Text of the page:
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Precautions for Cold Weather Health and Safety

Contact: Beth Perrine (517) 241-2112
Agency: Community Health, Department of

January 20, 2005

Winter in Michigan is a celebrated season despite the extreme drops in temperature posing serious risks and hazards. To combat these potential dangers, there are specific guidelines citizens can follow to stay safe and healthy throughout the cold weather months.

Be extremely careful if you use a wood stove, fireplace or space heater in your home. Always keep a multipurpose, dry chemical fire extinguisher near the area you are heating. Do not burn paper in your fireplace or wood stove and do not leak flue gas indoors. If you are using an indoor gas heater, be sure it is located in a well-ventilated space and only use the type of fuel recommended by the manufacturer.

Regardless of the type of heating device you are using, be sure that it is up to date and meets all safety standards. Toxic fumes, such as carbon monoxide, from old or faulty heaters can cause unconsciousness or death from lack of oxygen.

While inside, monitor the indoor temperature carefully. Because they lose body heat much faster than adults, infants should never sleep in a cold room. It is also necessary for older adults to take extra home heating precautions, as they tend to have slower metabolisms and therefore make and retain less heat than other adults. If you are caring for an infant or senior citizen, be sure to frequently check that their homes are adequately heated. If heating is not at a safe level, making alternative housing arrangements is recommended.

When the weather is extremely cold, and especially if there are high winds, try to stay indoors. Making trips outside as brief as possible can help to reduce the potential dangers associated with cold weather. To remain healthy and safe this winter, please follow these cold-weather tips while outdoors:

  • Dress warmly and stay dry: Be sure to dress in layers in wind resistant clothing. Wool, silk or polypropylene inner layers will hold more body heat than cotton. If your clothing is wet, go inside as soon as possible. When inside, remove the wet clothing as soon as possible.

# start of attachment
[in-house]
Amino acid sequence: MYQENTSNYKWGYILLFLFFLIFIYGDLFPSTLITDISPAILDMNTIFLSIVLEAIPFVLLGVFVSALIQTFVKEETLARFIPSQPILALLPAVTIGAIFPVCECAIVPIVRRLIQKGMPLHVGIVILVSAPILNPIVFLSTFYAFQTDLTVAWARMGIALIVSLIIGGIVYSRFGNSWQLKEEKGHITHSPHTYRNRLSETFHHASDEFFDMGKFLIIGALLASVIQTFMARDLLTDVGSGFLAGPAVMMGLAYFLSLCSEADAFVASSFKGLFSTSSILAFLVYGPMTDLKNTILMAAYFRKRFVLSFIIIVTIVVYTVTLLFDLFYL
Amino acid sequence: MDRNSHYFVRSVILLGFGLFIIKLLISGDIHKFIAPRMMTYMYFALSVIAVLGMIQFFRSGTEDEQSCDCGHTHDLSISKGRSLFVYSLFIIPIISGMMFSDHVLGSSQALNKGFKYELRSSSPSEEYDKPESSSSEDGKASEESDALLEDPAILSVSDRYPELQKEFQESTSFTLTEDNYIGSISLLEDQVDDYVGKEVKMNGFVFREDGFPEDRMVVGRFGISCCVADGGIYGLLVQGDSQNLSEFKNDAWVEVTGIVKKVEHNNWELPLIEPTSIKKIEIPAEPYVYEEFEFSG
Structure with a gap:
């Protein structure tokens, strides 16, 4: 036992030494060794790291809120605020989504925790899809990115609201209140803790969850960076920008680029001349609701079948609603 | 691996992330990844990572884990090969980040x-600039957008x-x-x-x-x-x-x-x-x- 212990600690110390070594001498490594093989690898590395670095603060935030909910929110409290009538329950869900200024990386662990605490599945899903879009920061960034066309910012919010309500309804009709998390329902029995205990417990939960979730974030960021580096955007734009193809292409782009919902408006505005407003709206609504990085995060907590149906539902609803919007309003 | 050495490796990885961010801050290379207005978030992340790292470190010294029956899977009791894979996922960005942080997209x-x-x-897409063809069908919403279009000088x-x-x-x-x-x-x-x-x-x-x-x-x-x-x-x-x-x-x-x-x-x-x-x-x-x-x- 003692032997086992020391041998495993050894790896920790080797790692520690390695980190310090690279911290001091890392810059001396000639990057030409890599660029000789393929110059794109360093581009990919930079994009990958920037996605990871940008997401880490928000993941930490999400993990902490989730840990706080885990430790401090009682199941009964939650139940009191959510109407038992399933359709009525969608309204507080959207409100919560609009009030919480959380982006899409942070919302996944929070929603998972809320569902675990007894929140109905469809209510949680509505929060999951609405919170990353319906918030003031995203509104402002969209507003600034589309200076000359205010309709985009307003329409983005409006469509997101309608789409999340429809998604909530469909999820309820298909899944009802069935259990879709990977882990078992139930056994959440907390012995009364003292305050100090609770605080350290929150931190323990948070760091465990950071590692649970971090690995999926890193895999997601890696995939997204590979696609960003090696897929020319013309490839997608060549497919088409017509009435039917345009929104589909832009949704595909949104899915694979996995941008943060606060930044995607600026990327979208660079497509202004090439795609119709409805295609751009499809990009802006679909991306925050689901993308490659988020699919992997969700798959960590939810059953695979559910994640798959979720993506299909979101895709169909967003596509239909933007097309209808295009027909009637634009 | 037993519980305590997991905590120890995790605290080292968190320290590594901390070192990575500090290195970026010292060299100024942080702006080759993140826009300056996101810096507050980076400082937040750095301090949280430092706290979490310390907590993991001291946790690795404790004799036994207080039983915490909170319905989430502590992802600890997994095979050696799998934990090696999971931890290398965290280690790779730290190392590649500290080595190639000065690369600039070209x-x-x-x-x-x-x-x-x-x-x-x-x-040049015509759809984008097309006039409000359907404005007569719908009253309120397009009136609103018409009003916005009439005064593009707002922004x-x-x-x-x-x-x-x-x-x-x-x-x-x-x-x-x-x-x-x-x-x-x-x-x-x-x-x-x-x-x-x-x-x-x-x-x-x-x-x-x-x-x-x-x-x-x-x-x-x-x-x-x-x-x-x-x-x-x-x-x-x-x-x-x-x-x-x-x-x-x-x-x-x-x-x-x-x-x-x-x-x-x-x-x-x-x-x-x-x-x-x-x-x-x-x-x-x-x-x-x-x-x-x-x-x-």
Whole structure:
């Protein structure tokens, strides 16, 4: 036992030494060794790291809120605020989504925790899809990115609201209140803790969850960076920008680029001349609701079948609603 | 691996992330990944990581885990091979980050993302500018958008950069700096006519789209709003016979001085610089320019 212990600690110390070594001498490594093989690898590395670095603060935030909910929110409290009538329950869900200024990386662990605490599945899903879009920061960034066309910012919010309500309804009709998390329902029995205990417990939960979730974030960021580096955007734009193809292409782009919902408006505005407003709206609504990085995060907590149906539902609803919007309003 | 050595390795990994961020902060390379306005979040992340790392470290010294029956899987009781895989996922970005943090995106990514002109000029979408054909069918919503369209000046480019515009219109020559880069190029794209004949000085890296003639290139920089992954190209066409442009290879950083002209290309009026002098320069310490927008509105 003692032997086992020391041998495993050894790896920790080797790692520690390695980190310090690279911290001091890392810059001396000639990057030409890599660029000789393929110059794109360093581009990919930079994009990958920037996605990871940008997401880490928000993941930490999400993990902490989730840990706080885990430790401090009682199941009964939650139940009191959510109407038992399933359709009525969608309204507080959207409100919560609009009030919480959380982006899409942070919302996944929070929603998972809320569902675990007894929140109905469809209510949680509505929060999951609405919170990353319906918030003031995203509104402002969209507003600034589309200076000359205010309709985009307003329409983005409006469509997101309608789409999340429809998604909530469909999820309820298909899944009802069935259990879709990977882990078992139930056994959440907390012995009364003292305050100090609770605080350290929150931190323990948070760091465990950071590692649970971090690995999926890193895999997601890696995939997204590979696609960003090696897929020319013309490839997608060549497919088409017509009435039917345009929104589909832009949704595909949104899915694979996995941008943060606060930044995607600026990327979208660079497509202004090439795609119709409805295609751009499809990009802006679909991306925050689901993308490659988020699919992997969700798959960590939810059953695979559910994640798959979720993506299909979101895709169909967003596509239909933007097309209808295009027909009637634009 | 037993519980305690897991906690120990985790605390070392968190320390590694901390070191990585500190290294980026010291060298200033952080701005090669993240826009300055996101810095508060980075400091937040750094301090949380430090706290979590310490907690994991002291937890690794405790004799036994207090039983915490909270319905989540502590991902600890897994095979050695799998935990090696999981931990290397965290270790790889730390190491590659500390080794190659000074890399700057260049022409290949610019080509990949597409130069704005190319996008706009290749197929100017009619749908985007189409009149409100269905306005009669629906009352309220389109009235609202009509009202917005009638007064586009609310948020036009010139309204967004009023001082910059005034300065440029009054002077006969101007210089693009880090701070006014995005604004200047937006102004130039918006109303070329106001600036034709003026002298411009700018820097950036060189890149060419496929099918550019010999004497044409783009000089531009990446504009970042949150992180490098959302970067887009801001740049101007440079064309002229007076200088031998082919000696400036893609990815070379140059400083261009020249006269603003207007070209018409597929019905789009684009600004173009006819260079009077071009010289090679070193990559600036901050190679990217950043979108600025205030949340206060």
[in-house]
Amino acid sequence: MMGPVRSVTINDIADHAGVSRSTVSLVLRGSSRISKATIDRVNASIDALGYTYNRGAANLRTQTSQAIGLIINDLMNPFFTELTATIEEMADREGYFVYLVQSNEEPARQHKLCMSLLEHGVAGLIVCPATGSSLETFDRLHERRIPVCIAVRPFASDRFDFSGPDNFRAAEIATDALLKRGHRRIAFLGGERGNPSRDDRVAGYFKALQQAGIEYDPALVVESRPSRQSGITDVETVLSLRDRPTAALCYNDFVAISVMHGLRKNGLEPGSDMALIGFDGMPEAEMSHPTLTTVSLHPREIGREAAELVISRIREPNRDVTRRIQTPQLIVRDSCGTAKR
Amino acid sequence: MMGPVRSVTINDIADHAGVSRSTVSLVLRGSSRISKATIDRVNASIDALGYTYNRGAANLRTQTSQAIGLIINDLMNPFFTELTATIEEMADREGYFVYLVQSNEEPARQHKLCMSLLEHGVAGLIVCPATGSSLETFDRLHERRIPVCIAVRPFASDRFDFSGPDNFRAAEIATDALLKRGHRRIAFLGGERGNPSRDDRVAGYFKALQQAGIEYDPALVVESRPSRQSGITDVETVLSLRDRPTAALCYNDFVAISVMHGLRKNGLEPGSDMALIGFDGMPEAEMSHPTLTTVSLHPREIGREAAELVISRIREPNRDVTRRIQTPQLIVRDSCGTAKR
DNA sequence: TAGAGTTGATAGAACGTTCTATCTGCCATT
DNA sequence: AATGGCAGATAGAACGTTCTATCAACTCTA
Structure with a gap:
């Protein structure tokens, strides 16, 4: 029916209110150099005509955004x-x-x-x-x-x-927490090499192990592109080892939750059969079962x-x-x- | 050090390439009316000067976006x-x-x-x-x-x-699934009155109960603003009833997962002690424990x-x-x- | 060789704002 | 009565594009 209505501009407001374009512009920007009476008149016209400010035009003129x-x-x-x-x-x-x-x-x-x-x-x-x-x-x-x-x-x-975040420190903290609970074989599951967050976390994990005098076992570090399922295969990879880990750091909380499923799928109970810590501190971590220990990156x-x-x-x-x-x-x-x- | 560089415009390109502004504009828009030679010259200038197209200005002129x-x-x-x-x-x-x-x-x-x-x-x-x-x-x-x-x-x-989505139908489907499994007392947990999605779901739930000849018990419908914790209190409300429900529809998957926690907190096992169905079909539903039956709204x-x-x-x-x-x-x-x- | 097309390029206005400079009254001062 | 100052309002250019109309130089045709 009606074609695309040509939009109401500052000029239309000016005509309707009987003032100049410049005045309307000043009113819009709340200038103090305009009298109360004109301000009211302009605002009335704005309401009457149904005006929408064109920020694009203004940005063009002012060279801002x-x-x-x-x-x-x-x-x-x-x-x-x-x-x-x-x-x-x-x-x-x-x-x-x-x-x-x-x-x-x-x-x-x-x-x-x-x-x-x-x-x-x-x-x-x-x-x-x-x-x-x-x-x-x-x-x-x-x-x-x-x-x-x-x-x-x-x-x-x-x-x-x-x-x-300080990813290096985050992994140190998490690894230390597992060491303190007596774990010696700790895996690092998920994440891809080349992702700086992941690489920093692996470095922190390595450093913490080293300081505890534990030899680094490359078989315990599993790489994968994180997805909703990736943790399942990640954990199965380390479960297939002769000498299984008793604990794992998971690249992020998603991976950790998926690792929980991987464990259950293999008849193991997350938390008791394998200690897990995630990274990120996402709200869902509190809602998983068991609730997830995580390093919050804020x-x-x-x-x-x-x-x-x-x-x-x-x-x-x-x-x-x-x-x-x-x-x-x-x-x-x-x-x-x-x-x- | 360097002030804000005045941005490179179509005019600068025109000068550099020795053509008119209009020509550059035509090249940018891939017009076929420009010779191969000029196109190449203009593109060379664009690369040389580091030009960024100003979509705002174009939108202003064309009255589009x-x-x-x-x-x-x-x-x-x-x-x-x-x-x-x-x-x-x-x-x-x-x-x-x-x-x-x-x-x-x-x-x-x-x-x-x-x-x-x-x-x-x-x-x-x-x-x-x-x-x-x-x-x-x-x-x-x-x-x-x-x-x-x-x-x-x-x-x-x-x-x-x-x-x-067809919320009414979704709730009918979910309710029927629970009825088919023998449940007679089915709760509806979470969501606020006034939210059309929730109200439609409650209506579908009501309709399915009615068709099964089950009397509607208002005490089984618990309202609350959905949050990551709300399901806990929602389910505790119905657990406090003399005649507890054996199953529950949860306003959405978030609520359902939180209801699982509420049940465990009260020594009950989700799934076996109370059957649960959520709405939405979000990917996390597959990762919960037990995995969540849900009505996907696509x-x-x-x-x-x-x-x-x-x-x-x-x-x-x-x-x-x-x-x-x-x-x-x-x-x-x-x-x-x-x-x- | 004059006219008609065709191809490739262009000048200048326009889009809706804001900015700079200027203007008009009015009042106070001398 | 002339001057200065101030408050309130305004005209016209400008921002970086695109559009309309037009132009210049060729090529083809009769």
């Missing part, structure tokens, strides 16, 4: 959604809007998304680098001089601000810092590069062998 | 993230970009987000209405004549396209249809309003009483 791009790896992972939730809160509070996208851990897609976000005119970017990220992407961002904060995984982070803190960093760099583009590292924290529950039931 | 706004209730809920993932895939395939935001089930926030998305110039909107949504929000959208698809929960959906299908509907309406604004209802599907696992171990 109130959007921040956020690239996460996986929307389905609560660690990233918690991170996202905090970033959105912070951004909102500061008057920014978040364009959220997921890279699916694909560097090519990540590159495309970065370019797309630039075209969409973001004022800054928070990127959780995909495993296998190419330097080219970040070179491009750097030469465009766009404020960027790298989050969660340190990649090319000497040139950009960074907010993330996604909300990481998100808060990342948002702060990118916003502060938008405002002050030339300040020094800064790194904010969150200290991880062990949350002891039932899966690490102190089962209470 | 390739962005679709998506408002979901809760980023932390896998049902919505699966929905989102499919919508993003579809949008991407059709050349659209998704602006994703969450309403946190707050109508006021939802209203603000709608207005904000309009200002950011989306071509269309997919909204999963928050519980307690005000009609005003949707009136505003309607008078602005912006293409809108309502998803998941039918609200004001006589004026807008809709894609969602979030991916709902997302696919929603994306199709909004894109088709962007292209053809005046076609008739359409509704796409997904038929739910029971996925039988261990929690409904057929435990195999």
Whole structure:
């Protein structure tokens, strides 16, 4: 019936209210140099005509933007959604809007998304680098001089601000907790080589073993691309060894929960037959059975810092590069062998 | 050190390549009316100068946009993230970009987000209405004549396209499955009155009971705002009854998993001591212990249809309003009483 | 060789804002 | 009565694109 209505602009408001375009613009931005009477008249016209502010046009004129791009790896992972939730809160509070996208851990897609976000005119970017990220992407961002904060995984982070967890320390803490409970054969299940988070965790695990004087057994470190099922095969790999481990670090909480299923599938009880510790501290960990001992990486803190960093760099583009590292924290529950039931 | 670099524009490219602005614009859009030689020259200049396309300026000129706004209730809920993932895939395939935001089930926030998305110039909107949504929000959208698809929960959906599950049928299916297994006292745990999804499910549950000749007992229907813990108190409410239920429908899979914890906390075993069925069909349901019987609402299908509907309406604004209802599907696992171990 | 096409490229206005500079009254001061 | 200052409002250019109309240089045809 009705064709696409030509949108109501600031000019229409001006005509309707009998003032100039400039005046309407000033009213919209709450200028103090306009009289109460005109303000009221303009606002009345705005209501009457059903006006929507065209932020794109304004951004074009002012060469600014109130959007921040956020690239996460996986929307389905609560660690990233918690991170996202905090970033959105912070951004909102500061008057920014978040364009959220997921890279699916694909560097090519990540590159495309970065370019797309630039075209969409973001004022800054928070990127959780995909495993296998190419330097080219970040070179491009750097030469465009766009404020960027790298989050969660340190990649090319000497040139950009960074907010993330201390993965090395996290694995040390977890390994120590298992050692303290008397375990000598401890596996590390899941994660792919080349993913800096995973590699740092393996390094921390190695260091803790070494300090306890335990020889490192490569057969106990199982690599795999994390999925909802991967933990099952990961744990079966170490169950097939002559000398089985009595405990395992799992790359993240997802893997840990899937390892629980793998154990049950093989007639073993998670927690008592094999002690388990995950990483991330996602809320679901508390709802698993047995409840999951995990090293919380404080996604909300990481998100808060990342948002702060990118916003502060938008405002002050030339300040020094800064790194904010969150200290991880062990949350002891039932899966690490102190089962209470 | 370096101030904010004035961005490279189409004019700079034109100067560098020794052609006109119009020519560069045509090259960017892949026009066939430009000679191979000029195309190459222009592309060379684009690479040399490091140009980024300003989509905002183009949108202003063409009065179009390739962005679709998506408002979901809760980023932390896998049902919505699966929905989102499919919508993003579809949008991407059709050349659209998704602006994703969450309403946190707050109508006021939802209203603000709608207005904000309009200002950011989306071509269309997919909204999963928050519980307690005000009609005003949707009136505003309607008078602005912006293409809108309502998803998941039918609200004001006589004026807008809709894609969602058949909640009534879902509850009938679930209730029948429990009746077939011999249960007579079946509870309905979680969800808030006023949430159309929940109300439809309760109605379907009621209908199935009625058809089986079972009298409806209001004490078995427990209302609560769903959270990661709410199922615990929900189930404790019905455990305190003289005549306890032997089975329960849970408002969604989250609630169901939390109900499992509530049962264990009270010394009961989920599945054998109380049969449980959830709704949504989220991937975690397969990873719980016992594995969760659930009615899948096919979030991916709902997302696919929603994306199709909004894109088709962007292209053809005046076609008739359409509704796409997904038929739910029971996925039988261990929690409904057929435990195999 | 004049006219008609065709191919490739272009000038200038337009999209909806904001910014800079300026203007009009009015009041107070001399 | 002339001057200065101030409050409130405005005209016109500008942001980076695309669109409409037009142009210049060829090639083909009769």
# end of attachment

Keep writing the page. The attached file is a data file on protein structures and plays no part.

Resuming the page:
• Avoid exertion: Cold weather can put extra strain on the heart. If you have heart disease or high blood pressure, follow your doctor’s advice about shoveling snow or other hard work in the cold. The body is already working hard to stay warm, so extra work can cause an overload.
  • Cover exposed skin: Always wear a warm hat that covers ears, gloves or mittens that cover the full wrist, and a scarf or ski mask to protect face and neck.
  • Be Safe During Recreation: Notify friends and family where you will be before you go hiking, camping, or skiing. Avoid perspiring or becoming overtired. Be prepared to take emergency shelter. Pack dry clothing, a two-wave radio, waterproof matches and paraffin fire starters with you. Do not use alcohol and other mood altering substances, and avoid caffeinated beverages. Carefully watch for signs of cold-weather health problems. It is important to be aware of any changes in exposed skin during cold weather periods.

Frostbite and hypothermia are very serious conditions that can be lessoned by early recognition and treatment. Shivering can be a good indicator that it’s time to go in, as it is the first sign that the body is losing heat.

Frostbitten skin is hard, pale, cold and has no feeling. When the frostbitten skin is in warm air, it will become red and painful. Very severe frostbite can cause blisters, gangrene (blackened dead tissue), and deep tissue damage in tendons, muscles, nerves and bones.

Hypothermia is a life-threatening condition that is caused by short exposure to extreme cold or long exposure to mild cold. Symptoms of hypothermia include trembling, stiffness of muscles, puffiness in the face, poor coordination, confusion, and low consciousness and reactivity.

If you suspect frostbite, hypothermia or other complications surrounding extreme weather, seek emergency medical care immediately.

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